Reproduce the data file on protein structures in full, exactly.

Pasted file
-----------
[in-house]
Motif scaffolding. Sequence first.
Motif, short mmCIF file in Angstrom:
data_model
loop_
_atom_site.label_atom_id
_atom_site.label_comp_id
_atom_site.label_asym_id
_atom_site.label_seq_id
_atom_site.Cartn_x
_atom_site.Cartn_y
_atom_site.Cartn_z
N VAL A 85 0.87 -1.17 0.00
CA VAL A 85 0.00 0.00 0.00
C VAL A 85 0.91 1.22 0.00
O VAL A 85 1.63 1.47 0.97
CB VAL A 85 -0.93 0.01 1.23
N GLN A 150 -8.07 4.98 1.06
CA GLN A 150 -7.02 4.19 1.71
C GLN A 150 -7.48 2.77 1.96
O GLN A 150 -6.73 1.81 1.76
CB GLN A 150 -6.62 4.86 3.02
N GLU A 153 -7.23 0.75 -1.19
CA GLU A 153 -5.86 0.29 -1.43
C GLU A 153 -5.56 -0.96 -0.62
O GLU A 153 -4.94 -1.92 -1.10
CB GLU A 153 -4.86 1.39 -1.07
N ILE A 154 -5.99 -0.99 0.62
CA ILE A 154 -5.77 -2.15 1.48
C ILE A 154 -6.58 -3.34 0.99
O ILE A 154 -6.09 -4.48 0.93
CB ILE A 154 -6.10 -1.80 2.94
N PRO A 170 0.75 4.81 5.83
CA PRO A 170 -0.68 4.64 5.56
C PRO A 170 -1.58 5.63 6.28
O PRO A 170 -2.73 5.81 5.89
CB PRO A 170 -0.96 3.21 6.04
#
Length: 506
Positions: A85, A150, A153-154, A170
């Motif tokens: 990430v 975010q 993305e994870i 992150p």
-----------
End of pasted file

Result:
[in-house]
Motif scaffolding. Sequence first.
Motif, short mmCIF file in Angstrom:
data_model
loop_
_atom_site.label_atom_id
_atom_site.label_comp_id
_atom_site.label_asym_id
_atom_site.label_seq_id
_atom_site.Cartn_x
_atom_site.Cartn_y
_atom_site.Cartn_z
N VAL A 85 0.87 -1.17 0.00
CA VAL A 85 0.00 0.00 0.00
C VAL A 85 0.91 1.22 0.00
O VAL A 85 1.63 1.47 0.97
CB VAL A 85 -0.93 0.01 1.23
N GLN A 150 -8.07 4.98 1.06
CA GLN A 150 -7.02 4.19 1.71
C GLN A 150 -7.48 2.77 1.96
O GLN A 150 -6.73 1.81 1.76
CB GLN A 150 -6.62 4.86 3.02
N GLU A 153 -7.23 0.75 -1.19
CA GLU A 153 -5.86 0.29 -1.43
C GLU A 153 -5.56 -0.96 -0.62
O GLU A 153 -4.94 -1.92 -1.10
CB GLU A 153 -4.86 1.39 -1.07
N ILE A 154 -5.99 -0.99 0.62
CA ILE A 154 -5.77 -2.15 1.48
C ILE A 154 -6.58 -3.34 0.99
O ILE A 154 -6.09 -4.48 0.93
CB ILE A 154 -6.10 -1.80 2.94
N PRO A 170 0.75 4.81 5.83
CA PRO A 170 -0.68 4.64 5.56
C PRO A 170 -1.58 5.63 6.28
O PRO A 170 -2.73 5.81 5.89
CB PRO A 170 -0.96 3.21 6.04
#
Length: 506
Positions: A85, A150, A153-154, A170
């Motif tokens: 990430v 975010q 993305e994870i 992150p």